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By 2025, it has been predicted that England alone will need 718,000 care workers to manage the needs of an additional 1.5 million people aged 65 or over. But with recruitment and retention a key concern in the sector (not to mention the consequences that may result from Brexit on the one in 20 care workers, who are migrants from the EU), it is important to look at where these additional employees are going to come from.

There is one obvious solution – namely, our younger generation. Recruiting young talent should be a vital element of any care business’ strategy - addressing the skills gap by recruiting staff who will be a part of the life-long workforce, through creating personal development opportunities. Progression prospects are crucial for retention and as the average staff turnover rate is currently running at a worrying level of 25.4%, according to a Skills for Care report, this is something that the industry should be looking to improve.

However, there is work to be done if we are to initially bring and keep fresh, young talent to the sector on a permanent basis.

Crucially, the industry needs to collectively raise awareness of the benefits, opportunities and personal rewards of having a lifelong career in care, as opposed to perceptions that the sector is about part-time, short term work.

Businesses, key industry figures, employers and employees all have a role to play in engaging with school leavers and highlighting the career prospects and benefits. Whether this connection involves care home managers visiting their local schools to talk about career opportunities, holding work experience for pupils to find out more about the realities of care work, or individual businesses celebrating the achievements of their apprentices - we need to invest time and resources in reaching and engaging this age group.

One of the most effective ways to offer career opportunities to the younger generation is through apprenticeships.

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Apprenticeships set out a clear training path of learning, development and qualifications and give learners fixed goals to work towards, helping to keep them engaged.

With the new Government Apprenticeship Levy coming into force from April 2017, businesses will soon have access to funds, which have to be spent on training and development.

The Levy applies to all UK businesses in the public and private sectors and is payable for companies with an annual pay bill of £3million or more. Employers with an annual pay bill less than this won’t have to pay the Levy charges, but will have to contribute 10% of any training costs, with the Government funding the remainder.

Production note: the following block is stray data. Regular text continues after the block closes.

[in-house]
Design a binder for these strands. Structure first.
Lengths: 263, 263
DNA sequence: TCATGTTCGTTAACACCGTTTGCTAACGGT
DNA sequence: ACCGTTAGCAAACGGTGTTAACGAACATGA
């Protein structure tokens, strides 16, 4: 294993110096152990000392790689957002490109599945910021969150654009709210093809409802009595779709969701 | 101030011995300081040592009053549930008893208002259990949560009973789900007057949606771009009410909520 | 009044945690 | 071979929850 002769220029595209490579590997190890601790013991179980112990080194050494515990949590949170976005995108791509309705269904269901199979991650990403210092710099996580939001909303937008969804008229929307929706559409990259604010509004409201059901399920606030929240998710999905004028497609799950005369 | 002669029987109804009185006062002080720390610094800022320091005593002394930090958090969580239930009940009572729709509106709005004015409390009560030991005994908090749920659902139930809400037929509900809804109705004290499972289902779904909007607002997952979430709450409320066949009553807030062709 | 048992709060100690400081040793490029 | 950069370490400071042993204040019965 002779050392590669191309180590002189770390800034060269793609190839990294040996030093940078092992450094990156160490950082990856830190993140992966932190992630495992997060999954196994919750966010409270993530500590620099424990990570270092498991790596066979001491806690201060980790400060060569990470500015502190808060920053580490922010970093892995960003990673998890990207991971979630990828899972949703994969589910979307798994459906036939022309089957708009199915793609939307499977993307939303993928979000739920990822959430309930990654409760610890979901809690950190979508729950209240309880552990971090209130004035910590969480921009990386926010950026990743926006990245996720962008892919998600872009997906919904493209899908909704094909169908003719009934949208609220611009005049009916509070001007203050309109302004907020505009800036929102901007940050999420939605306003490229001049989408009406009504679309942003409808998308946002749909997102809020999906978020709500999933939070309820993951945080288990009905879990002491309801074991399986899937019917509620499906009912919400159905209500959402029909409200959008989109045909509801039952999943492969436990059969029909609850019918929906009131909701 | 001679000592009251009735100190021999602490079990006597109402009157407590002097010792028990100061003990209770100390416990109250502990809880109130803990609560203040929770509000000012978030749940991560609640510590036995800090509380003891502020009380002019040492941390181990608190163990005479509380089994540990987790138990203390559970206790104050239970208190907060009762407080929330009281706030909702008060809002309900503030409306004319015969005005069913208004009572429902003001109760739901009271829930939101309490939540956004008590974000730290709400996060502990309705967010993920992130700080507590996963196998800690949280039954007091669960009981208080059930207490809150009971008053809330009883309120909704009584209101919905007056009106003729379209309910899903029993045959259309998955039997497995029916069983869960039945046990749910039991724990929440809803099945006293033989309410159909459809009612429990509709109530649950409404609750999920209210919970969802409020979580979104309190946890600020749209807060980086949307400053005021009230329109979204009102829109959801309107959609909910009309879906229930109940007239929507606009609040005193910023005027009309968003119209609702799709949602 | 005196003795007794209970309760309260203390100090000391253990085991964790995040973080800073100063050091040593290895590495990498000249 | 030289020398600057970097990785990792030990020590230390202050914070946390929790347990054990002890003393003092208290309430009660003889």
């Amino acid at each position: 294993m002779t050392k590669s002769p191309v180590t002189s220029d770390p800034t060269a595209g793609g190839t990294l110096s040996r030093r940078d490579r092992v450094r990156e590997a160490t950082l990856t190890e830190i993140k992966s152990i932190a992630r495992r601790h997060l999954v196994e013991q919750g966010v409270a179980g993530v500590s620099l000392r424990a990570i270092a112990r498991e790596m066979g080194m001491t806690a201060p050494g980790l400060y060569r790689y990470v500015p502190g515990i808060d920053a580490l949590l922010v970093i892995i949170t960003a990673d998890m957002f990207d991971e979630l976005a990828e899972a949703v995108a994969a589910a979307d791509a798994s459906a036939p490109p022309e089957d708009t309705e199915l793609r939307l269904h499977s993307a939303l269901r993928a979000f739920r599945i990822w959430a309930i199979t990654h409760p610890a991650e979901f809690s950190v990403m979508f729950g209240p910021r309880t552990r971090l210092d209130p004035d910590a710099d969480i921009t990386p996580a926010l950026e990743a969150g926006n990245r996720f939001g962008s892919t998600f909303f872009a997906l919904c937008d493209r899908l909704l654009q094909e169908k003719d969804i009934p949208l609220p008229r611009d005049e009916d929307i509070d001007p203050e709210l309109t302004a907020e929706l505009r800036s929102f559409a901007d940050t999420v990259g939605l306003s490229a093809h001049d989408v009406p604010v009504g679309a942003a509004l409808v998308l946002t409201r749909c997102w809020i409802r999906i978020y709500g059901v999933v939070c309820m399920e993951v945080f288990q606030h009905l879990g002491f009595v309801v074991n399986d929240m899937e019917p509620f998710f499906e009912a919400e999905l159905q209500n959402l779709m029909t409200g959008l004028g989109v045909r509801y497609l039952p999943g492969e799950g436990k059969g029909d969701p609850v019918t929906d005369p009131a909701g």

At Connect2Care, we strongly believe that care business owners should take full advantage of the funding made available from the Levy; the payments are compulsory so let’s make the most of them – not to mention that the Levy can help employers reduce their long term recruitment bills as they invest in a longer term workforce.

We also need to look afresh as to how training and development budgets can be used to best effect within each organisation. The changes around the introduction of the Levy provide the chance for care employers to re-evaluate their development programmes, training structures and engagement strategies - something which might not otherwise have been done - to ensure that their businesses are seen as aspirational places to work for Generation Z.

In addition to this, the Government has also abolished National Insurance contributions for apprentices under the age of 25 on a Government funded apprenticeship programme. This will help to support employers by making additional savings, which can be re-invested in further training and development or front line services.

Events such as National Apprenticeship Week have been used to great effect to raise awareness of apprenticeship opportunities. However, engagement strategies cannot just be limited to one week a year - especially as our research has found that over half of school leavers wouldn’t consider undertaking an apprenticeship.

The care sector and the individual employers which operate within the industry need to invest time and resources to ensure they stand out from the crowd and attract a new generation of compassionate and caring team members for the workforce of the future.

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